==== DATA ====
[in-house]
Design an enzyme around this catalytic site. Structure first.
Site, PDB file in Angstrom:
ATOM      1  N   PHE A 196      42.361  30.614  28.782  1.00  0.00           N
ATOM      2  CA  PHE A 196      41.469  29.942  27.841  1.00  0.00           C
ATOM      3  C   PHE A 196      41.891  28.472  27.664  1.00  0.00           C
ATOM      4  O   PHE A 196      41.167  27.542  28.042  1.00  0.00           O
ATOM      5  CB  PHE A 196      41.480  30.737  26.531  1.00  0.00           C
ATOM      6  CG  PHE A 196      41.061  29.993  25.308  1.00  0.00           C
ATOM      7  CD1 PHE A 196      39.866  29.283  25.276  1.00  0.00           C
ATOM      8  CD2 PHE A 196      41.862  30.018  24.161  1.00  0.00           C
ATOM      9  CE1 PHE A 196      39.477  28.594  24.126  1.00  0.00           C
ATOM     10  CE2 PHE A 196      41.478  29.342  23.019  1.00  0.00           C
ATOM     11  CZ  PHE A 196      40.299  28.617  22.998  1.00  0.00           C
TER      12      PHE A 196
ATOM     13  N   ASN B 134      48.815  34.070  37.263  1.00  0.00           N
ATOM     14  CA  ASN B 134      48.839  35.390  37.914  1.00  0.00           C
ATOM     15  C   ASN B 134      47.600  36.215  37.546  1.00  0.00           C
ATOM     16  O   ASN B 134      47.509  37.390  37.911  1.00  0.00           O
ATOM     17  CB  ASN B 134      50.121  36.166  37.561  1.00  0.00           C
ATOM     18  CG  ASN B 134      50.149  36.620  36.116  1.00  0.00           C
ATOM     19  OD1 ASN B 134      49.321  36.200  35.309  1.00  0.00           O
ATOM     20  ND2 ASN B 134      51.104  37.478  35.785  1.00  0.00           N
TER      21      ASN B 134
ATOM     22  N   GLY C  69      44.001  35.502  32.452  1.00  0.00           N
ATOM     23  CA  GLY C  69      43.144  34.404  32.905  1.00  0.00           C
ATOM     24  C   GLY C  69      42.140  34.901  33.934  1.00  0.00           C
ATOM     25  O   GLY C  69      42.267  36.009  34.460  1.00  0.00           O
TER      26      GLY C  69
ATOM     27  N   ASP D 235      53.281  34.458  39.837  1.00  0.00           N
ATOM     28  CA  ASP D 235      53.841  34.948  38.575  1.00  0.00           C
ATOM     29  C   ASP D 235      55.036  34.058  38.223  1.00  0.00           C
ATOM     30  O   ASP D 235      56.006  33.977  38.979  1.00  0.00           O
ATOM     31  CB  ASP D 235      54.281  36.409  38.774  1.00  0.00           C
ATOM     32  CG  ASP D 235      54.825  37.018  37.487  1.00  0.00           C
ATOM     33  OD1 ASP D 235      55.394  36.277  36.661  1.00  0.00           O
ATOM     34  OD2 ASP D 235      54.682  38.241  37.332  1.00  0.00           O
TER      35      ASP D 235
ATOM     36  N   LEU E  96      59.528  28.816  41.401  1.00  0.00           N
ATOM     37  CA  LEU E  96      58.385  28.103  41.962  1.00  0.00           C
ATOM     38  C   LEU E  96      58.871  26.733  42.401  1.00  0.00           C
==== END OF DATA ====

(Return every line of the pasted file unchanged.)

[in-house]
Design an enzyme around this catalytic site. Structure first.
Site, PDB file in Angstrom:
ATOM      1  N   PHE A 196      42.361  30.614  28.782  1.00  0.00           N
ATOM      2  CA  PHE A 196      41.469  29.942  27.841  1.00  0.00           C
ATOM      3  C   PHE A 196      41.891  28.472  27.664  1.00  0.00           C
ATOM      4  O   PHE A 196      41.167  27.542  28.042  1.00  0.00           O
ATOM      5  CB  PHE A 196      41.480  30.737  26.531  1.00  0.00           C
ATOM      6  CG  PHE A 196      41.061  29.993  25.308  1.00  0.00           C
ATOM      7  CD1 PHE A 196      39.866  29.283  25.276  1.00  0.00           C
ATOM      8  CD2 PHE A 196      41.862  30.018  24.161  1.00  0.00           C
ATOM      9  CE1 PHE A 196      39.477  28.594  24.126  1.00  0.00           C
ATOM     10  CE2 PHE A 196      41.478  29.342  23.019  1.00  0.00           C
ATOM     11  CZ  PHE A 196      40.299  28.617  22.998  1.00  0.00           C
TER      12      PHE A 196
ATOM     13  N   ASN B 134      48.815  34.070  37.263  1.00  0.00           N
ATOM     14  CA  ASN B 134      48.839  35.390  37.914  1.00  0.00           C
ATOM     15  C   ASN B 134      47.600  36.215  37.546  1.00  0.00           C
ATOM     16  O   ASN B 134      47.509  37.390  37.911  1.00  0.00           O
ATOM     17  CB  ASN B 134      50.121  36.166  37.561  1.00  0.00           C
ATOM     18  CG  ASN B 134      50.149  36.620  36.116  1.00  0.00           C
ATOM     19  OD1 ASN B 134      49.321  36.200  35.309  1.00  0.00           O
ATOM     20  ND2 ASN B 134      51.104  37.478  35.785  1.00  0.00           N
TER      21      ASN B 134
ATOM     22  N   GLY C  69      44.001  35.502  32.452  1.00  0.00           N
ATOM     23  CA  GLY C  69      43.144  34.404  32.905  1.00  0.00           C
ATOM     24  C   GLY C  69      42.140  34.901  33.934  1.00  0.00           C
ATOM     25  O   GLY C  69      42.267  36.009  34.460  1.00  0.00           O
TER      26      GLY C  69
ATOM     27  N   ASP D 235      53.281  34.458  39.837  1.00  0.00           N
ATOM     28  CA  ASP D 235      53.841  34.948  38.575  1.00  0.00           C
ATOM     29  C   ASP D 235      55.036  34.058  38.223  1.00  0.00           C
ATOM     30  O   ASP D 235      56.006  33.977  38.979  1.00  0.00           O
ATOM     31  CB  ASP D 235      54.281  36.409  38.774  1.00  0.00           C
ATOM     32  CG  ASP D 235      54.825  37.018  37.487  1.00  0.00           C
ATOM     33  OD1 ASP D 235      55.394  36.277  36.661  1.00  0.00           O
ATOM     34  OD2 ASP D 235      54.682  38.241  37.332  1.00  0.00           O
TER      35      ASP D 235
ATOM     36  N   LEU E  96      59.528  28.816  41.401  1.00  0.00           N
ATOM     37  CA  LEU E  96      58.385  28.103  41.962  1.00  0.00           C
ATOM     38  C   LEU E  96      58.871  26.733  42.401  1.00  0.00           C